The extraordinary story behind Michelangelo's masterpiece in the Sistine Chapel from the author of the acclaimed "Brunelleschi's Dome." King paints a magnificent picture of day-to-day life on the Sistine scaffolding and outside in the upheaval of early 16th century Rome. 46 illustrations.The extraordinary story behind Michelangelo's masterpiece in the Sistine Chapel from the author of the acclaimed "Brunelleschi's Dome." King paints a magnificent picture of day-to-day life on the Sistine scaffolding and outside in the upheaval of early 16th century Rome. 46 illustrations.Read Less
New in new dust jacket. NEW, Hardcover edition as pictured. Sewn binding. Cloth over boards. With dust jacket. 304 p. Contains: Illustrations. Audience: General/trade. NEW, Hardcover edition as pictured.
Publishers Weekly, 2003-04-07 King's historical account of the four years Michelangelo Buonarroti spent frescoing the ceiling of the Sistine Chapel in Rome is splendid, thorough and detailed. But its larger appeal lies in the way King (Brunelleschi's Dome) brings out the story's human elements. Listeners learn of Michelangelo's bitter disappointment when a project he was eagerly looking forward to (the construction of the Pope's tomb) was cancelled and that he had little experience with the art of fresco and was reluctant to take on the Sistine Chapel. King explains the craft of frescoing with involving details: for example, fresco dries quickly, so the artist could work only in small sections, and if a mistake was found after the paint dried, the whole day's work had to be chipped away and redone. Listeners also learn of Michelangelo's financial woes and family problems and the political upheavals of the time. Sklar's narration is perfect for the project. His lively and expressive reading add a realistic edge to a centuries-old tale. He speaks passionately and his accent on the Italian names and phrases is flawless. Simultaneous release with the Walker hardcover (Forecasts, Dec. 9, 2002). (Jan.) (c) Copyright PWxyz, LLC. All rights reserved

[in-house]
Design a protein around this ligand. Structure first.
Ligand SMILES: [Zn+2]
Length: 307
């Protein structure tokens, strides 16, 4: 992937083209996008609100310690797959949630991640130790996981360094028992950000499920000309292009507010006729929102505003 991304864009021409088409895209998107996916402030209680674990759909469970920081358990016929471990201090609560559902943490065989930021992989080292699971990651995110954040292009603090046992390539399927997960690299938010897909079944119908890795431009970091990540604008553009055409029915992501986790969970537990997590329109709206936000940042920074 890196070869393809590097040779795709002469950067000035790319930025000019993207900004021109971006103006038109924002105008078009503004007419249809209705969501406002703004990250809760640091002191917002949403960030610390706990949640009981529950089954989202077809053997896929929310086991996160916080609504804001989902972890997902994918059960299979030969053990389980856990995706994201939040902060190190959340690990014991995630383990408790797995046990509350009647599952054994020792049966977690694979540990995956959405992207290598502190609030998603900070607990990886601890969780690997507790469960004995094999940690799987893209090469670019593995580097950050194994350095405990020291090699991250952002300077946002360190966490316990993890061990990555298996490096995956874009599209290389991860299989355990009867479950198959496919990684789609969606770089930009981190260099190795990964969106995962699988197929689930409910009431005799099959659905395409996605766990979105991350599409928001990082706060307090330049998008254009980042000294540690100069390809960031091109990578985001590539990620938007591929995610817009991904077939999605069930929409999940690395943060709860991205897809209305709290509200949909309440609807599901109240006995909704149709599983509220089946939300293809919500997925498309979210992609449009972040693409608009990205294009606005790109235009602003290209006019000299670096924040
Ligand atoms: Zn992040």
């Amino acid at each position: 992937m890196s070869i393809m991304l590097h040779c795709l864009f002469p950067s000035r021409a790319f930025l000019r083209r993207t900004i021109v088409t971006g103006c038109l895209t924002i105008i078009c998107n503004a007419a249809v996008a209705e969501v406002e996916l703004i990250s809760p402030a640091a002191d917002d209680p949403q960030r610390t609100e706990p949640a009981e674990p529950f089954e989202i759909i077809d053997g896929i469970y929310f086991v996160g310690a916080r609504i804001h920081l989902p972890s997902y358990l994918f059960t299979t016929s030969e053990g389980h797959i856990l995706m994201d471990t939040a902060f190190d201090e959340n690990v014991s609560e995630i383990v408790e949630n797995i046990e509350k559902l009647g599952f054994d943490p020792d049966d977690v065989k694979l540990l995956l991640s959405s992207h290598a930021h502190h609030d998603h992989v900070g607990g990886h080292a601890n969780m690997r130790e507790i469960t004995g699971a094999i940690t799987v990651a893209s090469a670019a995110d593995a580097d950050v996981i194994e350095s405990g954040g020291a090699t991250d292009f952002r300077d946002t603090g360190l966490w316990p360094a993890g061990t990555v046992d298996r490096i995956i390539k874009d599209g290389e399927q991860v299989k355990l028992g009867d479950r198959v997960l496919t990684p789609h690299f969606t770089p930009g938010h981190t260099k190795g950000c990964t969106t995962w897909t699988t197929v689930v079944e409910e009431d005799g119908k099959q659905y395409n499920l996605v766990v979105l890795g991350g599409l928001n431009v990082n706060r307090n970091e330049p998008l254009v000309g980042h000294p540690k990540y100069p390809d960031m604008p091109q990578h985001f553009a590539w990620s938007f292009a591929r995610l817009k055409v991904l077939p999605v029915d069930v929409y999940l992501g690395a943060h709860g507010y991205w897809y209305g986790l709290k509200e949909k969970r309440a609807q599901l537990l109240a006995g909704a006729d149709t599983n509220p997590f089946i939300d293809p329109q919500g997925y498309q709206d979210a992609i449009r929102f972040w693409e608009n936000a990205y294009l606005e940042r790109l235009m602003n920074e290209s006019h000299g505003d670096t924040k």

Publishers Weekly, 2002-12-09 When Pope Julius II saw Michelangelo's Piet, he determined to have his grand tomb made by the artist. Summoned from Florence to Rome in 1508, Michelangelo found himself on the losing side of a competition between architects and the victim of a plot "to force a hopeless task" upon him-frescoing the vault of the Sistine Chapel. How the sculptor met this painterly challenge is the matter of this popular account, which demythologizes and dramatizes without hectoring or debasing. Forget cinematic images of Charlton Heston flat on his back-Michelangelo's "head tipped back, his body bent like a bow, his beard and paintbrush pointing to heaven, and his face spattered with paint" is excruciating enough to sustain the legend. King (Brunelleschi's Dome) re-creates Michelangelo's day-to-day world: the assistants who worked directly on the Sistine Chapel, the continuing rivalry with Raphael and the figures who had much to do with his world if not his art (da Vinci, Savonarola, Ariosto, Machiavelli, Martin Luther, Erasmus), including the steely Julius II. King makes the familiar fresh, reminding the reader of the "novelty" of Michelangelo's image of God and how "completely unheard of in previous depictions of the ancestors of Christ" was his use of women. Technical matters (making pigments, foreshortening) are lucidly handled. The 16 color and 30 b&w illustrations were not seen by PW, but should add further specifics to a nicely grounded piece of historical dramatization. (Jan.) Forecast: Walker has been become extremely adept at spotting and packaging books in the Longitude mode-works that focus on a single significant cultural product, be it cod or a work of art. As an alternate selection of Book-of-the-Month, History and Quality Paperback Book Clubs, this should do even better than Brunelleschi's Dome, as its subject is better known in the U.S. (c) Copyright PWxyz, LLC. All rights reserved
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